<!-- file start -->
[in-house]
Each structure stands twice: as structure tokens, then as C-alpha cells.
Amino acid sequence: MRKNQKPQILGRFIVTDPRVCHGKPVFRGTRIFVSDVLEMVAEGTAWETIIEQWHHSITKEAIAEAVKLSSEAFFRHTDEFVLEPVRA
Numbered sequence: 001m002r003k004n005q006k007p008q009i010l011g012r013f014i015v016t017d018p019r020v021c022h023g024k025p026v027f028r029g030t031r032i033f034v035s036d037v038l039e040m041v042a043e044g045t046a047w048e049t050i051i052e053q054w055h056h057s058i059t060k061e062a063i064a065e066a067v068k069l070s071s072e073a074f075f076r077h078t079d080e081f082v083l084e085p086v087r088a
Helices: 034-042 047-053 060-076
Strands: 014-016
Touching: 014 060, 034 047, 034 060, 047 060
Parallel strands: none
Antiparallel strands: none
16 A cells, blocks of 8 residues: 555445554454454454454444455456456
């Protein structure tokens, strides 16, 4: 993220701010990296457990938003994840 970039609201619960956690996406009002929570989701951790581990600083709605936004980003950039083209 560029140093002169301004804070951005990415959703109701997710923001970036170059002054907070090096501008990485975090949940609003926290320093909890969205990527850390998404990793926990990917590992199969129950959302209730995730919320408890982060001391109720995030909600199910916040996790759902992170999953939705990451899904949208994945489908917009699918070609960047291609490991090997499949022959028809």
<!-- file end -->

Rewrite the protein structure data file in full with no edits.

[in-house]
Each structure stands twice: as structure tokens, then as C-alpha cells.
Amino acid sequence: MRKNQKPQILGRFIVTDPRVCHGKPVFRGTRIFVSDVLEMVAEGTAWETIIEQWHHSITKEAIAEAVKLSSEAFFRHTDEFVLEPVRA
Numbered sequence: 001m002r003k004n005q006k007p008q009i010l011g012r013f014i015v016t017d018p019r020v021c022h023g024k025p026v027f028r029g030t031r032i033f034v035s036d037v038l039e040m041v042a043e044g045t046a047w048e049t050i051i052e053q054w055h056h057s058i059t060k061e062a063i064a065e066a067v068k069l070s071s072e073a074f075f076r077h078t079d080e081f082v083l084e085p086v087r088a
Helices: 034-042 047-053 060-076
Strands: 014-016
Touching: 014 060, 034 047, 034 060, 047 060
Parallel strands: none
Antiparallel strands: none
16 A cells, blocks of 8 residues: 555445554454454454454444455456456
């Protein structure tokens, strides 16, 4: 993220701010990296457990938003994840 970039609201619960956690996406009002929570989701951790581990600083709605936004980003950039083209 560029140093002169301004804070951005990415959703109701997710923001970036170059002054907070090096501008990485975090949940609003926290320093909890969205990527850390998404990793926990990917590992199969129950959302209730995730919320408890982060001391109720995030909600199910916040996790759902992170999953939705990451899904949208994945489908917009699918070609960047291609490991090997499949022959028809």